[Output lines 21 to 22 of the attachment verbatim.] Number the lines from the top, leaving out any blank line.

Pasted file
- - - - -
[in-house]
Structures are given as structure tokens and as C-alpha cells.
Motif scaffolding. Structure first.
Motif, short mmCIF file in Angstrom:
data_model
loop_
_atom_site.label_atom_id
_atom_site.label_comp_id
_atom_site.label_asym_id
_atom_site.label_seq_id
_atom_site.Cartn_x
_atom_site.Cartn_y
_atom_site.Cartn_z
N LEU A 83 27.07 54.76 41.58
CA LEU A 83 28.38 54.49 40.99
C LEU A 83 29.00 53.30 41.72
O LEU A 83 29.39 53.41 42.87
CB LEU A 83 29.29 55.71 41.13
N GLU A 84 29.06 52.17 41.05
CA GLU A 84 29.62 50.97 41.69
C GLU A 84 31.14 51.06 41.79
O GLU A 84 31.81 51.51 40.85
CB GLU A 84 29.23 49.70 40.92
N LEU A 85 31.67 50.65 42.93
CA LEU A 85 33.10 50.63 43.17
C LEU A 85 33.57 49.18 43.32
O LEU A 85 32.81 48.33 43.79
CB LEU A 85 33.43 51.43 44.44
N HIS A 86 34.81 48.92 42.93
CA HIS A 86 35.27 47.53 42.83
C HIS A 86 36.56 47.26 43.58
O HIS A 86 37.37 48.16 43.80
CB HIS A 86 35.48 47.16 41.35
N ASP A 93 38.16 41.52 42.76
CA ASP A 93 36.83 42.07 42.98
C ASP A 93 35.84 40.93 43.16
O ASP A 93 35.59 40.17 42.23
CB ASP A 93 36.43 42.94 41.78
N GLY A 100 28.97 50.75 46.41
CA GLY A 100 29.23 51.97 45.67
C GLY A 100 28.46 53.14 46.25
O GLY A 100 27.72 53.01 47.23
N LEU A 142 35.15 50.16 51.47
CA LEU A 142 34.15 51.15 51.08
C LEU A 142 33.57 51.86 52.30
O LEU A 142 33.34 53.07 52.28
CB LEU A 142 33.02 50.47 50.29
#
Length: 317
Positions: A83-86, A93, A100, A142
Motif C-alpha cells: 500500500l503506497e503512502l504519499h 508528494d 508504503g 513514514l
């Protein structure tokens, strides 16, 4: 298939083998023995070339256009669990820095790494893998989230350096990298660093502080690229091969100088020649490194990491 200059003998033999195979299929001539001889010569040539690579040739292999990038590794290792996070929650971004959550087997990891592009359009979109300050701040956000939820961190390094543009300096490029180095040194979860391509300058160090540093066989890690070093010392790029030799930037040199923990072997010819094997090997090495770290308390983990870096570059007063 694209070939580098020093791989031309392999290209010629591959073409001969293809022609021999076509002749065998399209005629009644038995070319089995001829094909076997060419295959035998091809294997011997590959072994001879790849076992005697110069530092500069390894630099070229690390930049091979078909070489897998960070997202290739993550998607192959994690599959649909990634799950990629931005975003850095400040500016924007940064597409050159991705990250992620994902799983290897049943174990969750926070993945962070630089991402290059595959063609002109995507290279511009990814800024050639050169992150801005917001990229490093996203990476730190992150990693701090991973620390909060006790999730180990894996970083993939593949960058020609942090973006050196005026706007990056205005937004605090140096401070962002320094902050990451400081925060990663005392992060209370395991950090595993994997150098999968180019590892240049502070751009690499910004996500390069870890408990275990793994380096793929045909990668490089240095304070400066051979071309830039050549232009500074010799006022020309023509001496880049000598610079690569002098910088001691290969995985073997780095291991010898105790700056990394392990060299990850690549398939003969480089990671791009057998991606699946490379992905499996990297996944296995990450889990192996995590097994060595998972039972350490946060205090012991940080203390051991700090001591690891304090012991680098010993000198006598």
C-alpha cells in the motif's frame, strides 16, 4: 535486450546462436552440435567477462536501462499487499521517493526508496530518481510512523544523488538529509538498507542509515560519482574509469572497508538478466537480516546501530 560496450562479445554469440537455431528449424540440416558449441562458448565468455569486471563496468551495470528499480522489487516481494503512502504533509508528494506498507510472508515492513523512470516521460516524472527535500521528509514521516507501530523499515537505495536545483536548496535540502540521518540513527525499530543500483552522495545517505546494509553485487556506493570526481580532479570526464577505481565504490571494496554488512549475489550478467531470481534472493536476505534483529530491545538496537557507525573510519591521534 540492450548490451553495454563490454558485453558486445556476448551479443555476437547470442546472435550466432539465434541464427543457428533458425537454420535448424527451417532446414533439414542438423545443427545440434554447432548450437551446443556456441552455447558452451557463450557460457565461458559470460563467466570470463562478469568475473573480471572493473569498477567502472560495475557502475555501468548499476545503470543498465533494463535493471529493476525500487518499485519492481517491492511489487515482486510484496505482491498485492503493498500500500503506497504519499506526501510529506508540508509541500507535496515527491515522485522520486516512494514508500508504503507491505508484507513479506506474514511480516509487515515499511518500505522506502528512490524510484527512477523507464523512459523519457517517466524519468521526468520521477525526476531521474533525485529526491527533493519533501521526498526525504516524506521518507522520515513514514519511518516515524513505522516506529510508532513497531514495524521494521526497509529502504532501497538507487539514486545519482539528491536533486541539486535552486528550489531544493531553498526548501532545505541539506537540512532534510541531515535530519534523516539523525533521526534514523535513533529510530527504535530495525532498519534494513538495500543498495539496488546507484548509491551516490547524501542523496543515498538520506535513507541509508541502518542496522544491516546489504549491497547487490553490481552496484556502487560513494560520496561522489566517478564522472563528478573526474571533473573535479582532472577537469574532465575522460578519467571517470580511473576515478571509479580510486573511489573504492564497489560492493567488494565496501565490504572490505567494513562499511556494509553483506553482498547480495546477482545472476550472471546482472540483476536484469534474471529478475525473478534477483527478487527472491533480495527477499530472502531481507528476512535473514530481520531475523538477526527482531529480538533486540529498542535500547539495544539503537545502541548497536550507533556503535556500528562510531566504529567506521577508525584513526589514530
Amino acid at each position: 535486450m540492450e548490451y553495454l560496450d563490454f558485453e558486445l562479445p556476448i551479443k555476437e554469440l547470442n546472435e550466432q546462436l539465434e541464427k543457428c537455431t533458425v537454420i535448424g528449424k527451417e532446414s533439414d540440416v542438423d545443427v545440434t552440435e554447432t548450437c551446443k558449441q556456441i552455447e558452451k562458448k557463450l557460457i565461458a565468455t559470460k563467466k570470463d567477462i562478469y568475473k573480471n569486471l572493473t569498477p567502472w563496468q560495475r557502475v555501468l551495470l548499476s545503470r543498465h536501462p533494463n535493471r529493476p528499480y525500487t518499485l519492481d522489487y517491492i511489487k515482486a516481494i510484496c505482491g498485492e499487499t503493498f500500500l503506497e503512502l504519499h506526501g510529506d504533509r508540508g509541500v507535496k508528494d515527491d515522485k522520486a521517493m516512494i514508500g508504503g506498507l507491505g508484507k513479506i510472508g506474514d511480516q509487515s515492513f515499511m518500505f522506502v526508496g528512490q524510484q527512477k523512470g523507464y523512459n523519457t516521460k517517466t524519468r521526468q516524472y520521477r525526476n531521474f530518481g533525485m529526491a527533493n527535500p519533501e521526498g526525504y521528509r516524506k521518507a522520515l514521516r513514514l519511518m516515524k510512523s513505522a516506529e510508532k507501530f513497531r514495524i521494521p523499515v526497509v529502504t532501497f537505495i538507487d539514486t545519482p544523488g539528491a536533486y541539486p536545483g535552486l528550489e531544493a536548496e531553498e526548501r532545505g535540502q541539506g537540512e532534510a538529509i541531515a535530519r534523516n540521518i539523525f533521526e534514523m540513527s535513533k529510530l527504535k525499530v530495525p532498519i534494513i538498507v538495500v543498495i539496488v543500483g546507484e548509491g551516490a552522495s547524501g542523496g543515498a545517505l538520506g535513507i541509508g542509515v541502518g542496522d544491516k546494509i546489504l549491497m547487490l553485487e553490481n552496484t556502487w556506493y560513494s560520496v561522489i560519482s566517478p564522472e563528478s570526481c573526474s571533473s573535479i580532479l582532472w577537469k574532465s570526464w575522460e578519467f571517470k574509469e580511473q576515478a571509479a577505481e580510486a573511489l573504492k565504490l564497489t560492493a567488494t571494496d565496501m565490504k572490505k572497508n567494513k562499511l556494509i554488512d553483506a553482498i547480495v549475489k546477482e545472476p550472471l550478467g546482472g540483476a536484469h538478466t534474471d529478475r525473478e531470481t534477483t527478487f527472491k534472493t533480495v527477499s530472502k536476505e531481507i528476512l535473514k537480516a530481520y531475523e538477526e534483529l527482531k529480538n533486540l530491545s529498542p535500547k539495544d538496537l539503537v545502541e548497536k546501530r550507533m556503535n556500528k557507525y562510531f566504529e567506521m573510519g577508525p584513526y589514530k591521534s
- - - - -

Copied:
C GLU A 84 31.14 51.06 41.79
O GLU A 84 31.81 51.51 40.85